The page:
The initial path Natasha was on seemed predictable with her questioning her life and wondering whether she could enact change, and I thought I knew what would happen, that this would follow the same formula we see in dystopian novels, but it didn’t. At all. I don’t know if dystopian fans will like this ending, just like how mystery fans bemoaned the Gone Girl ending, but I think it’s good to shake things up and it surprised me. I still wonder what will happen after the ending and I like that feeling.

I thought this was a good dystopian novel. Why I don’t think it was as good as The Hunger Games is that there isn’t that much action. There are definite moments, but overall this is a dissection of the community and what people give up by living in so-called utopias. It was very provocative, but people looking for something similar to the action of The Hunger Games may not find it here.

Reviewed at Minnesota Reads.

So good. So simple.

stuffed jumbo shellsIf you had been to my house the other night, you would’ve thought I was Chef Boyardee.

Wait. Maybe that’s a bad example.

You would’ve thought I was Antonio Carluccio.

What? You have no idea who that is? Yeah, me either, but he’s number one on this list of famous Italian chefs, so he’s probably good, right? (Did you see who number two was?)

But, seriously, I made a really good, really easy pasta dish. Don’t get too excited, it’s not like I made my own sauce. I used the sauce from the jar, but I still think this counts.

This recipe comes from my good old Anyone Can Cook cookbook.

Spinach-Stuffed Pasta Shells

12 dried jumbo shell macaroni
1 10-ounce package frozen, chopped spinach, thawed
2 eggs, lightly beaten
2 cups shredded Italian cheese blend
1 cup ricotta cheese
1 26- to 32-ounce jar pasta sauce

Drain the thawed spinach and set aside.

Cook the jumbo shells, drain and set aside.

Mix together spinach, eggs, 1 1/2 cup of Italian cheese, and ricotta cheese. Spoon the mix into the shells (about 2 tablespoons in each).

Put in baking dish and cover with jar of pasta sauce.

Bake, covered, at 350 for 40 minutes. Sprinkle with rest of Italian cheese and eat.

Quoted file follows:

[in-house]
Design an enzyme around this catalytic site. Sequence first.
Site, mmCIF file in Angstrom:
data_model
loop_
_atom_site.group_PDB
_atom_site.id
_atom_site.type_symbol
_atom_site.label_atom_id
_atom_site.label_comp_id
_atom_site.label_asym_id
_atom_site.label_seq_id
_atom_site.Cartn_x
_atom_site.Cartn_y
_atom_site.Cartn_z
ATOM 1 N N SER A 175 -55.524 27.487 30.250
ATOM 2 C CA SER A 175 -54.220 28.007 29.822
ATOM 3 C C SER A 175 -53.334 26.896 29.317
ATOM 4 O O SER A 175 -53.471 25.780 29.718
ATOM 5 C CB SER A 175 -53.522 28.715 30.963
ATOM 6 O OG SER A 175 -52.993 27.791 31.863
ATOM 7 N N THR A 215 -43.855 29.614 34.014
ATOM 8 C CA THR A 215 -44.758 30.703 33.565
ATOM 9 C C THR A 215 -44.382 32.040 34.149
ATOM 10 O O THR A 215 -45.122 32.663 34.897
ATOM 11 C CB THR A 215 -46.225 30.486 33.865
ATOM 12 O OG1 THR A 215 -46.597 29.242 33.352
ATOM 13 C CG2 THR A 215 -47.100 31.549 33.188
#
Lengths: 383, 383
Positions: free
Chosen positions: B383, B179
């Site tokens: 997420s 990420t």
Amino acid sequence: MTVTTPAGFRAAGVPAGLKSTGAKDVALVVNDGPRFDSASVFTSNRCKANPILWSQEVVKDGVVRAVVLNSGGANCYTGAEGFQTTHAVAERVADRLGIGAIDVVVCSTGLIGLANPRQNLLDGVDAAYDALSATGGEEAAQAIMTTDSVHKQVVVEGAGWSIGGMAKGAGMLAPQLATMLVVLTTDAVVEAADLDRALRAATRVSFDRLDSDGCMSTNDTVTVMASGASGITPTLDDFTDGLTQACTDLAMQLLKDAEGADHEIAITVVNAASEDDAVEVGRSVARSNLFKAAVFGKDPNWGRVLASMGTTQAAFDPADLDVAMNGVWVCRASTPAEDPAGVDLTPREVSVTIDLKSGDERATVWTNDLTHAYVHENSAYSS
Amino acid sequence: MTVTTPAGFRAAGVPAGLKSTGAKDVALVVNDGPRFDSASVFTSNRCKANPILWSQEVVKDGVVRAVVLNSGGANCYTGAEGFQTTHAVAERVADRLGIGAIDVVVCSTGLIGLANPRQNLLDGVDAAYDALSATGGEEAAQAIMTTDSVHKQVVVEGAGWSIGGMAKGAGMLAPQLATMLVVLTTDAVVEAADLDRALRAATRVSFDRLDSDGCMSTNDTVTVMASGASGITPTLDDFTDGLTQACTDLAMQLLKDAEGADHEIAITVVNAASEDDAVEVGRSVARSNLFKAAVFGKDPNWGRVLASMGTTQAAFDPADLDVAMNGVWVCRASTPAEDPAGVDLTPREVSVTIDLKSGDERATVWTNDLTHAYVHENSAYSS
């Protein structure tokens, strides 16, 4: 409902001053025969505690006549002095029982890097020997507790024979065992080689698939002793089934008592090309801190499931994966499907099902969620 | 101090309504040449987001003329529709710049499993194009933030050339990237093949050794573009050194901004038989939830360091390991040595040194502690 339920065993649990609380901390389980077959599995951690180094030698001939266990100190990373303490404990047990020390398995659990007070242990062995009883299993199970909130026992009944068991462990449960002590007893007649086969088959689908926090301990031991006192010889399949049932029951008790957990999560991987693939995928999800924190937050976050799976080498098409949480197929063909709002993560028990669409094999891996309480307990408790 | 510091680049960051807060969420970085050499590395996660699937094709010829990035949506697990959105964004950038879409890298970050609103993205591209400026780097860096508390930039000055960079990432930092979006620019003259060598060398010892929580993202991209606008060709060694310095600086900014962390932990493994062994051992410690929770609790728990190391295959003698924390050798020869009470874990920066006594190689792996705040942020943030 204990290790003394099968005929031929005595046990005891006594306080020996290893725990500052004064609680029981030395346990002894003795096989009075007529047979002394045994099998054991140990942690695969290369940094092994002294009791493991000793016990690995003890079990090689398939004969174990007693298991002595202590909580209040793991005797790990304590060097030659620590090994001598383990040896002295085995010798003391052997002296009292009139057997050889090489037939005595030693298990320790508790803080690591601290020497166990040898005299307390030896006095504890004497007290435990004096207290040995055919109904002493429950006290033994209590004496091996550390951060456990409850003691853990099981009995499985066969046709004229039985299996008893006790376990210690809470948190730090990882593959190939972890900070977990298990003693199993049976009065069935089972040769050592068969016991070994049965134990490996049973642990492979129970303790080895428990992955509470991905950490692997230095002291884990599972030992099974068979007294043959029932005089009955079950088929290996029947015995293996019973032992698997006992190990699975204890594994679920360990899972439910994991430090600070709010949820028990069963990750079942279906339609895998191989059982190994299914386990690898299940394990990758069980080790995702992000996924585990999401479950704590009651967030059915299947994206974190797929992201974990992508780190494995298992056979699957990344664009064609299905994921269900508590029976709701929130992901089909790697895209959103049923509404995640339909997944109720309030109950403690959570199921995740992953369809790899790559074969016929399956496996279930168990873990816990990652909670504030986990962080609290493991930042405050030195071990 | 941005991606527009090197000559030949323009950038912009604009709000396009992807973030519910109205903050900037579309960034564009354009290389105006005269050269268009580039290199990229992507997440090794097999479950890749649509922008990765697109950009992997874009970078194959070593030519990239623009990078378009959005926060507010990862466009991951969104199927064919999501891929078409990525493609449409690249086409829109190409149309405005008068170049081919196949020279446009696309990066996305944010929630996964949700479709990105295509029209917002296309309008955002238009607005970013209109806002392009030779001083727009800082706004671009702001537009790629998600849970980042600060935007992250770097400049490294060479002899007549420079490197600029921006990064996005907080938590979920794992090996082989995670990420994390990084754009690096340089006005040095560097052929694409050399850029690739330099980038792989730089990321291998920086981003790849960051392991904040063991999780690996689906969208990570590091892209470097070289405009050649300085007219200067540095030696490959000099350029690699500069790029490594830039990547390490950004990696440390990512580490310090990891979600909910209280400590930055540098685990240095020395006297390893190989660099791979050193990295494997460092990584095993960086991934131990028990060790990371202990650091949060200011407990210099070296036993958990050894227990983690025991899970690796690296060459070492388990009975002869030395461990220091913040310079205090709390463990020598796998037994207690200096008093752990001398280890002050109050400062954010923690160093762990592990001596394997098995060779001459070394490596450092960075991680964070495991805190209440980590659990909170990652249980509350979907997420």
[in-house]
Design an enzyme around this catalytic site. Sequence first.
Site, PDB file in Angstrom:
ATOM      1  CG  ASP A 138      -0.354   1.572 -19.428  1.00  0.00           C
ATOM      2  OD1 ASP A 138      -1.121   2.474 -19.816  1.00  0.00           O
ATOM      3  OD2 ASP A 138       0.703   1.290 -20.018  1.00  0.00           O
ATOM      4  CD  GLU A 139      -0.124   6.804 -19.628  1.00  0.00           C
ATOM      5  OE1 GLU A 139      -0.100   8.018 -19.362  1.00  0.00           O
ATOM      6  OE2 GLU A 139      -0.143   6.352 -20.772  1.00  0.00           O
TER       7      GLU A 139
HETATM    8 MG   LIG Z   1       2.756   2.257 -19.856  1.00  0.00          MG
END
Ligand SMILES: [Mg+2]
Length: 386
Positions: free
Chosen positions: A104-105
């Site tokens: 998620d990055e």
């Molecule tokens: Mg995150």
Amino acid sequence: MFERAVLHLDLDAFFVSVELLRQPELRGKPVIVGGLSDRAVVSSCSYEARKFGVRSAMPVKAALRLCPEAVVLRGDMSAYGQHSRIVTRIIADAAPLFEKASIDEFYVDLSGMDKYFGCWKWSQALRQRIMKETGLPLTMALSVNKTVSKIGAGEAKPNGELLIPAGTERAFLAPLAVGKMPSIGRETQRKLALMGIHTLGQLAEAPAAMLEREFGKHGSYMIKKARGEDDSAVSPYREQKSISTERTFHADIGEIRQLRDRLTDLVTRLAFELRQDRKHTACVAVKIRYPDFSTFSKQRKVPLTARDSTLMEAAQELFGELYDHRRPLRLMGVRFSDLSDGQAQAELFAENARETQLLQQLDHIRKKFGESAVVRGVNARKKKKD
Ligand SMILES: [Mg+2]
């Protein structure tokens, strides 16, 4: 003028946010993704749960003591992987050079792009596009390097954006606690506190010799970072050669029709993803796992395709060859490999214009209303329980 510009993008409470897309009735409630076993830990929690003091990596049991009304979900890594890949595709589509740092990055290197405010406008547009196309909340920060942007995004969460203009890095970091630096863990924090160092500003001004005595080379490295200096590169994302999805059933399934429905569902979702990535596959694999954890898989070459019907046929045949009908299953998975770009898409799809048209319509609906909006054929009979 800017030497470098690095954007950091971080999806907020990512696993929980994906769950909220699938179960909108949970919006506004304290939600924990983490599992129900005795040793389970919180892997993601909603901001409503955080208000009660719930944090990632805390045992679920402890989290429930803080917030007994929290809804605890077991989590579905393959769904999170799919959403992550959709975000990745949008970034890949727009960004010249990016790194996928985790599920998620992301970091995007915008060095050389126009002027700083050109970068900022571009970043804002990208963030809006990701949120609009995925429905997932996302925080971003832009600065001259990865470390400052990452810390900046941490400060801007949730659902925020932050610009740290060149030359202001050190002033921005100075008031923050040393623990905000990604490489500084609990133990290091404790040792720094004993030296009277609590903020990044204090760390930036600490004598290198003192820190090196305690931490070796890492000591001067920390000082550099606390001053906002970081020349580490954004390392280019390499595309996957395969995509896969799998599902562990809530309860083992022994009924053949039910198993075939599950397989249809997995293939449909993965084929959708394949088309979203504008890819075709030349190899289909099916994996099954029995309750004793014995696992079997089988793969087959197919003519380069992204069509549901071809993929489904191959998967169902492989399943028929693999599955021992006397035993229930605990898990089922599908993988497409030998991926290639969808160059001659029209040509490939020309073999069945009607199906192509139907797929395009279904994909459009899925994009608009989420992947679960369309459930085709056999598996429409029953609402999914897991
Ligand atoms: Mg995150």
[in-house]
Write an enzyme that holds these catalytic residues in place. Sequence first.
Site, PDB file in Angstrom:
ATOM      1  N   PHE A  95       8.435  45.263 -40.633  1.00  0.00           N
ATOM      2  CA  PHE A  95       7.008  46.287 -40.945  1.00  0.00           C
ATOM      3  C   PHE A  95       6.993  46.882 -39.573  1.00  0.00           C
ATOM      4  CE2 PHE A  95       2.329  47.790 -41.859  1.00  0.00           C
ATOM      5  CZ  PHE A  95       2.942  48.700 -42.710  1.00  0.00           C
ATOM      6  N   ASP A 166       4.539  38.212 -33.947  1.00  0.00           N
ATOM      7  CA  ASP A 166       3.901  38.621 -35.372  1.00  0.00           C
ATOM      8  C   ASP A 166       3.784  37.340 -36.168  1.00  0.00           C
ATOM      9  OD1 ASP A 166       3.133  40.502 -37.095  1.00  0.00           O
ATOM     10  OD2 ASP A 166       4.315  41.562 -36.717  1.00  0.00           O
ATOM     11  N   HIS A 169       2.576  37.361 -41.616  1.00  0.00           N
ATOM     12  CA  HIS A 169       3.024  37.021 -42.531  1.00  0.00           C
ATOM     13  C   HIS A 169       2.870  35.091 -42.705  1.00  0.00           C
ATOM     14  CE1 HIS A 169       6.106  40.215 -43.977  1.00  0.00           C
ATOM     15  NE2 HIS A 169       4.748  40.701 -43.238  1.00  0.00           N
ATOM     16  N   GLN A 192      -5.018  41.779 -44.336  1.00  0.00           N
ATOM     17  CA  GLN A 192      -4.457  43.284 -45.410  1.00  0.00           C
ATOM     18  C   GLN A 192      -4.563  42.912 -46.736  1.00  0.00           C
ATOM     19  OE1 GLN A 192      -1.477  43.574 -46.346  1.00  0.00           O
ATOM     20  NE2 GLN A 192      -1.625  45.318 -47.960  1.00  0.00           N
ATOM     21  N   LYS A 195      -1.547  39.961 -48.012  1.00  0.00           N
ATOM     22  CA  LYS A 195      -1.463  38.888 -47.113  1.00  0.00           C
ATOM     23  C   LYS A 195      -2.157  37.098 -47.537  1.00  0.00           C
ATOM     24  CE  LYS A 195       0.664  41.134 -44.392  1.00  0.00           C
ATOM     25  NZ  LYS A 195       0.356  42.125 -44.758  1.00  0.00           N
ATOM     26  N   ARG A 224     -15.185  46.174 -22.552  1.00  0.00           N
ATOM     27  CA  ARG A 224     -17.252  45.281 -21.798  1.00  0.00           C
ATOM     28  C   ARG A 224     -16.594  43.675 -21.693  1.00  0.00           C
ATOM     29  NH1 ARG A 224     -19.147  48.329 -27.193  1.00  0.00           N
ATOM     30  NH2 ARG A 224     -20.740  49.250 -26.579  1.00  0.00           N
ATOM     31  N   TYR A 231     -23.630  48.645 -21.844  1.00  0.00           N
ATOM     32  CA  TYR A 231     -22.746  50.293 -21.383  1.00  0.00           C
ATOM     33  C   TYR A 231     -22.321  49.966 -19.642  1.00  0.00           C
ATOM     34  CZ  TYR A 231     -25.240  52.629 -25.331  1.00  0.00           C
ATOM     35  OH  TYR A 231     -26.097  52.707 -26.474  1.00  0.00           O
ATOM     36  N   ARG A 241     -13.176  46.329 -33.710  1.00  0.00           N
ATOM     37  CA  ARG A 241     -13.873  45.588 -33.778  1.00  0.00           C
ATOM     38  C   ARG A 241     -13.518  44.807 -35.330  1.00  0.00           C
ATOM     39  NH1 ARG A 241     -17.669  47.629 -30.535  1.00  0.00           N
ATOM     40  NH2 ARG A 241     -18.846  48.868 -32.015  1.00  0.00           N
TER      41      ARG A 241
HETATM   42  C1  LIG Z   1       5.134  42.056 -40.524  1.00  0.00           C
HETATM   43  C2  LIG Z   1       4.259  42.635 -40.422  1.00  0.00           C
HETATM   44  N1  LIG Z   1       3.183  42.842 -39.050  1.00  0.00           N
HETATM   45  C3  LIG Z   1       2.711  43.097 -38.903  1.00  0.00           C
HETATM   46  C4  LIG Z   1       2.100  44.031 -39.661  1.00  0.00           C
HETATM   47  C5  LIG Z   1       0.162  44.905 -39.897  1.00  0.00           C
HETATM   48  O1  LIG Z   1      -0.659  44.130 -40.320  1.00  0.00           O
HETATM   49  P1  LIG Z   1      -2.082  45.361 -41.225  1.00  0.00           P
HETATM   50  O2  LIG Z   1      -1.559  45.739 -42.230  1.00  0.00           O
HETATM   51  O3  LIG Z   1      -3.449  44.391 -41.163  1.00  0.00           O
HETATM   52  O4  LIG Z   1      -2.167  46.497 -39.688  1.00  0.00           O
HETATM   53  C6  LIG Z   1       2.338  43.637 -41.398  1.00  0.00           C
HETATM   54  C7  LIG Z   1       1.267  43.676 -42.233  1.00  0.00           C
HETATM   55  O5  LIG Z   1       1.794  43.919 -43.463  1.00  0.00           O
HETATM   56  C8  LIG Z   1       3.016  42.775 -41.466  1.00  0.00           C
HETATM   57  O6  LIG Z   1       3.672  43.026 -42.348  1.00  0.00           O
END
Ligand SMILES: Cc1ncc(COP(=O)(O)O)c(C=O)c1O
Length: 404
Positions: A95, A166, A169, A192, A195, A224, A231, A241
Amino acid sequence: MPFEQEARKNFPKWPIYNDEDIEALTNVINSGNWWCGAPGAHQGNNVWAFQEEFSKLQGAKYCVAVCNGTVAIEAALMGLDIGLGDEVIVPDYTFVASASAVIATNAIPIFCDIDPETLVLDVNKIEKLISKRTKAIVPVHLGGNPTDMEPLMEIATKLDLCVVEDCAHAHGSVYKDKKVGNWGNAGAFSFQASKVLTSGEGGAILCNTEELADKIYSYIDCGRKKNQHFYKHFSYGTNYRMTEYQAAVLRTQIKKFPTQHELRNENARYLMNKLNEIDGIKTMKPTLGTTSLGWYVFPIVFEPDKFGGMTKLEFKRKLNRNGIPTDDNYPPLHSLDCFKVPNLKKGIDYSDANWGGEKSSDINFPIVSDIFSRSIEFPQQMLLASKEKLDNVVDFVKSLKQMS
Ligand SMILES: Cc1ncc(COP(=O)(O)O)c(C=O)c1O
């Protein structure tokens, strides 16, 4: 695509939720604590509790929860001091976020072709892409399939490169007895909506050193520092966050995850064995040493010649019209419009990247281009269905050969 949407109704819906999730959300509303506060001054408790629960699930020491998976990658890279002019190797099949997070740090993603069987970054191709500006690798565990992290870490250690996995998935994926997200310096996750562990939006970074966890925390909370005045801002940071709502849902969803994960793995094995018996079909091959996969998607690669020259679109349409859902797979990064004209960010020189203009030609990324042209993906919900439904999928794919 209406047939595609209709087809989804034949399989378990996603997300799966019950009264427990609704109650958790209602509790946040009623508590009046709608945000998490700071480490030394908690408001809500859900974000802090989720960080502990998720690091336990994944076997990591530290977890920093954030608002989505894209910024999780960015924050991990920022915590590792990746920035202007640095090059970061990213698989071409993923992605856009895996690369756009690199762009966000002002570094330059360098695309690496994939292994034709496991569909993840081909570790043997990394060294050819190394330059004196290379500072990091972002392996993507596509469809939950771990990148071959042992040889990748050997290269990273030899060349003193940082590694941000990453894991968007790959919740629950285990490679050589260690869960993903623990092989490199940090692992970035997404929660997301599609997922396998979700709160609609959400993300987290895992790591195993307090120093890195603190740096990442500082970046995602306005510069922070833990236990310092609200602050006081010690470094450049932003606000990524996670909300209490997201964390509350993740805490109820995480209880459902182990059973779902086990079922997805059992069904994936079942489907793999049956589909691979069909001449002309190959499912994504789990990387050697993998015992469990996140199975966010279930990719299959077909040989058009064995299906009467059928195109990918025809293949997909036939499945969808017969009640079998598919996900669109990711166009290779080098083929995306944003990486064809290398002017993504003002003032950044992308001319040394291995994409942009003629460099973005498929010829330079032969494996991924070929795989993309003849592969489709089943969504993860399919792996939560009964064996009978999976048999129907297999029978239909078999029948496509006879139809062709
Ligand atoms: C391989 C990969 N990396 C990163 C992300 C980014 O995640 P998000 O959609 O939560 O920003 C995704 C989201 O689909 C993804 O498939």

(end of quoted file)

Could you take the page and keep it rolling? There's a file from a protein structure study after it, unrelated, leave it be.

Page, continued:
Pro tip: I had 16 shells. Maybe I didn’t fill mine enough, but I had extra filling so I filled extra shells.

Vegetarian friends, take notice, this is what you’ll be eating the next time you’re at my place. It won’t disappoint.

Warm Bodies

warm-bodiesI’ve been seeing the previews for the movie “Warm Bodies” featuring the kid from “About a Boy” who’s not such a kid anymore. Yes, that’s him. IMDB it. Blew my mind, too.

The previews for “Warm Bodies” make me smile, and the book has been on my to-read list for awhile, so I picked it up this weekend and didn’t put it down until I finished. It’s that good, but it does make me wonder how in the hell they’ll turn it into a movie.

Warm Bodies is about R, a zombie living in an airport with a bunch of other zombies. They don’t remember anything from their past lives, including their names, and they just wander around the airport, grunting. Occasionally they have to go into town to scrounge for food, and on their latest hunt, things start changing.

When a zombie eats our brain, they can see our memories. As R and his friends attack a group of people, R eats Perry’s brain and instantly has some memories about Julie, a young woman about to be attacked by R’s best friend, M. R saves Julie from M and rubs zombie guts on her, blocking her human scent from zombies. He brings her back to the airport to keep her safe, something he’s never done before.

The rest of the book is about Julie learning about R, R learning about Julie, and this zombie-infested world crumbling. There are other characters, and really bad zombies called Boneys, but for me this is all about Julie and R. And Perry. This is where I wonder about the movie.

R eats bits and pieces of Perry’s brain throughout the rest of the book, getting more of Perry’s memories in his head. A lot of this book takes place in R’s head, because even though he doesn’t remember who he is, he constantly thinks about the world and about Perry’s life. I’m not sure how this will play on the big screen, but in the book it made me fall in love with R. R is pretty dreamy, even if he is a decomposing, stinky zombie.

This book is nothing to take serious, but it was a damn good time, and I heard that it will be series with the second book coming out in 2014. I’m not so sure I’m excited about that. The book ends perfectly, so I don’t really know where a second book will go, but I will definitely read it.

Reviewed at Minnesota Reads.


Hello_World_In_Several_LanguagesIn an effort to collect myself from all over the web, and to house an up-to-date resume, I decided to make my own site.

I have been reviewing books on Minnesota Reads for a couple years now, and Twitter has been my microblogging platform (I love Twitter), but I feel like I need a place to put this all together.

I’ve blogged in the past, but never consistently, and always focusing on one thing, like libraries or cooking. Here I’m going to include anything and everything, and hopefully with this flexibility I’ll be much better about blogging regularly.

Most of my posts will include information about books, writing, libraries, and food, because there just aren’t enough book and food blogs.

I will also include sarcasm, like that, so you’re forewarned.